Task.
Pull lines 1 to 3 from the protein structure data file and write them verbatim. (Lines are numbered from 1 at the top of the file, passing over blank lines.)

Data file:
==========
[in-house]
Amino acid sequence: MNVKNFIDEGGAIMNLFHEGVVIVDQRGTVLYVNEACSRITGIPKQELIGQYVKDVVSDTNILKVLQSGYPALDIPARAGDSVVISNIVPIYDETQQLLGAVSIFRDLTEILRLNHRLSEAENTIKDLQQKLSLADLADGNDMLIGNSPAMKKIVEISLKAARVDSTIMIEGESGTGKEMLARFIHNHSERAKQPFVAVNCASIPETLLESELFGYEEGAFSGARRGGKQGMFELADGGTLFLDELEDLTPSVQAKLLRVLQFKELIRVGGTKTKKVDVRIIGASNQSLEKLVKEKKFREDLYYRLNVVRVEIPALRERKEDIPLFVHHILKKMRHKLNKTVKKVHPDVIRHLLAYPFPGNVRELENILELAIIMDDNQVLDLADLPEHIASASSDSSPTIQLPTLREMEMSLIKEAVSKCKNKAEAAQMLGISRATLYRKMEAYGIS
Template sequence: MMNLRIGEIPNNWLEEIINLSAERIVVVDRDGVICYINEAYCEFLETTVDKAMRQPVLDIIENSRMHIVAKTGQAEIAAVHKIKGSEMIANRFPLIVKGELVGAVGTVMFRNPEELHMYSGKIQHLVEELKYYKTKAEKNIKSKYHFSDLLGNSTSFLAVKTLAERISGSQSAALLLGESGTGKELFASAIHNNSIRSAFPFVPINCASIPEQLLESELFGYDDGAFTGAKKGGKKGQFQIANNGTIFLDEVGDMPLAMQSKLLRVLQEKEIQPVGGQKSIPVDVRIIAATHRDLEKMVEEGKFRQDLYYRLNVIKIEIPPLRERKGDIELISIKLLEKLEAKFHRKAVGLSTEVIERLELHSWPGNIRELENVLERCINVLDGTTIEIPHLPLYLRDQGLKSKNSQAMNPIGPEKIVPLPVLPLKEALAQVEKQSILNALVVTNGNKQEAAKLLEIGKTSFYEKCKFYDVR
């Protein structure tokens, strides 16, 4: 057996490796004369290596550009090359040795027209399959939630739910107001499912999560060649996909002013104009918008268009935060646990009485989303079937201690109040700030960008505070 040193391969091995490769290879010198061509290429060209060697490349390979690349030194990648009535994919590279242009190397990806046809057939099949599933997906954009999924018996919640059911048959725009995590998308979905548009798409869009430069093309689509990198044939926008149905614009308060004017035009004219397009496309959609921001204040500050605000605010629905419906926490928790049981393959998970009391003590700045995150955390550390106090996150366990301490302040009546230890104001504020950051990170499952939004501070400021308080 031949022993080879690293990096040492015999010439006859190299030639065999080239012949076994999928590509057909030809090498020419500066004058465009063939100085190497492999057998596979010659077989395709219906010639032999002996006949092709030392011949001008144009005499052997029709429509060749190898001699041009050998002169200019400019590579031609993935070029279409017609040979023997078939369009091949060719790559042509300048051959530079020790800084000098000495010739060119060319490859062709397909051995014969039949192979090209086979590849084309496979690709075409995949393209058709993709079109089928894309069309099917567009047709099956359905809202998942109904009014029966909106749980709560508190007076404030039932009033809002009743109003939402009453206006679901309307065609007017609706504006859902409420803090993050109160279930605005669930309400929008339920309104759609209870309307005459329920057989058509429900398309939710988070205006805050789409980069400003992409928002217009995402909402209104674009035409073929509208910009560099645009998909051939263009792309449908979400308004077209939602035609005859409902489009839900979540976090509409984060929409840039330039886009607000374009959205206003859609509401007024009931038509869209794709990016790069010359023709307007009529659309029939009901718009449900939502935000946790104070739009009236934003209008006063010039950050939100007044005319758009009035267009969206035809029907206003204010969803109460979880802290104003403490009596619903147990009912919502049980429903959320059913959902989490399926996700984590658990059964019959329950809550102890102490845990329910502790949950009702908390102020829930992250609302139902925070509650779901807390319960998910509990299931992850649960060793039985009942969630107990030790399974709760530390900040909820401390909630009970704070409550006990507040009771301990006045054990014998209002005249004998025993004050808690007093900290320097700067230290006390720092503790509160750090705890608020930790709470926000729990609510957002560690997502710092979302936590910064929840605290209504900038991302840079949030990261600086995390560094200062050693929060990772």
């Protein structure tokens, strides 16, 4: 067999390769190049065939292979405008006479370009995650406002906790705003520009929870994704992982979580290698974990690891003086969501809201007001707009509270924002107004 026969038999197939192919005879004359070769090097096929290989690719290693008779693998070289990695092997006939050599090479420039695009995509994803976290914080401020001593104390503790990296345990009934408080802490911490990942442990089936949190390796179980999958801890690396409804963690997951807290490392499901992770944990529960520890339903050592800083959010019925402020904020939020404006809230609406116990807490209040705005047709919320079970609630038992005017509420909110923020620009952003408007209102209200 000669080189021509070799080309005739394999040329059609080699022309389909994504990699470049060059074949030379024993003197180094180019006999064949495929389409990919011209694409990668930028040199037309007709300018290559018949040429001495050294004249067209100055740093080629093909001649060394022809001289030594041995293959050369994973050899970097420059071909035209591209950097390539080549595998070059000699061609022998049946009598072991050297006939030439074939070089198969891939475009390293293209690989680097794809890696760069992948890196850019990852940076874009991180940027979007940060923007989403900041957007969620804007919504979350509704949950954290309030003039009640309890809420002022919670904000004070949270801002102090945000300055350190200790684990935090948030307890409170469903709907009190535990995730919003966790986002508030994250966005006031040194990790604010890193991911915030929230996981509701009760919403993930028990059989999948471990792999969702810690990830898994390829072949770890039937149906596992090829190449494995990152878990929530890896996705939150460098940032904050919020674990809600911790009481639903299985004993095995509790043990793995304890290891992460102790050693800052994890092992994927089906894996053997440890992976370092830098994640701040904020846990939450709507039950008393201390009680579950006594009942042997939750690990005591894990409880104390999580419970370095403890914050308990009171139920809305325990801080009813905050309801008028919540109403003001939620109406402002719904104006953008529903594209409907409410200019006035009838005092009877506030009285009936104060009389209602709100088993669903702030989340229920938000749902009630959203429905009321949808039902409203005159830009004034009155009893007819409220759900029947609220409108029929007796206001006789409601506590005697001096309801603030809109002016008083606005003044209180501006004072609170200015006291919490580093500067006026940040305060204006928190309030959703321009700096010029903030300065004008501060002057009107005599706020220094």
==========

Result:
[in-house]
Amino acid sequence: MNVKNFIDEGGAIMNLFHEGVVIVDQRGTVLYVNEACSRITGIPKQELIGQYVKDVVSDTNILKVLQSGYPALDIPARAGDSVVISNIVPIYDETQQLLGAVSIFRDLTEILRLNHRLSEAENTIKDLQQKLSLADLADGNDMLIGNSPAMKKIVEISLKAARVDSTIMIEGESGTGKEMLARFIHNHSERAKQPFVAVNCASIPETLLESELFGYEEGAFSGARRGGKQGMFELADGGTLFLDELEDLTPSVQAKLLRVLQFKELIRVGGTKTKKVDVRIIGASNQSLEKLVKEKKFREDLYYRLNVVRVEIPALRERKEDIPLFVHHILKKMRHKLNKTVKKVHPDVIRHLLAYPFPGNVRELENILELAIIMDDNQVLDLADLPEHIASASSDSSPTIQLPTLREMEMSLIKEAVSKCKNKAEAAQMLGISRATLYRKMEAYGIS
Template sequence: MMNLRIGEIPNNWLEEIINLSAERIVVVDRDGVICYINEAYCEFLETTVDKAMRQPVLDIIENSRMHIVAKTGQAEIAAVHKIKGSEMIANRFPLIVKGELVGAVGTVMFRNPEELHMYSGKIQHLVEELKYYKTKAEKNIKSKYHFSDLLGNSTSFLAVKTLAERISGSQSAALLLGESGTGKELFASAIHNNSIRSAFPFVPINCASIPEQLLESELFGYDDGAFTGAKKGGKKGQFQIANNGTIFLDEVGDMPLAMQSKLLRVLQEKEIQPVGGQKSIPVDVRIIAATHRDLEKMVEEGKFRQDLYYRLNVIKIEIPPLRERKGDIELISIKLLEKLEAKFHRKAVGLSTEVIERLELHSWPGNIRELENVLERCINVLDGTTIEIPHLPLYLRDQGLKSKNSQAMNPIGPEKIVPLPVLPLKEALAQVEKQSILNALVVTNGNKQEAAKLLEIGKTSFYEKCKFYDVR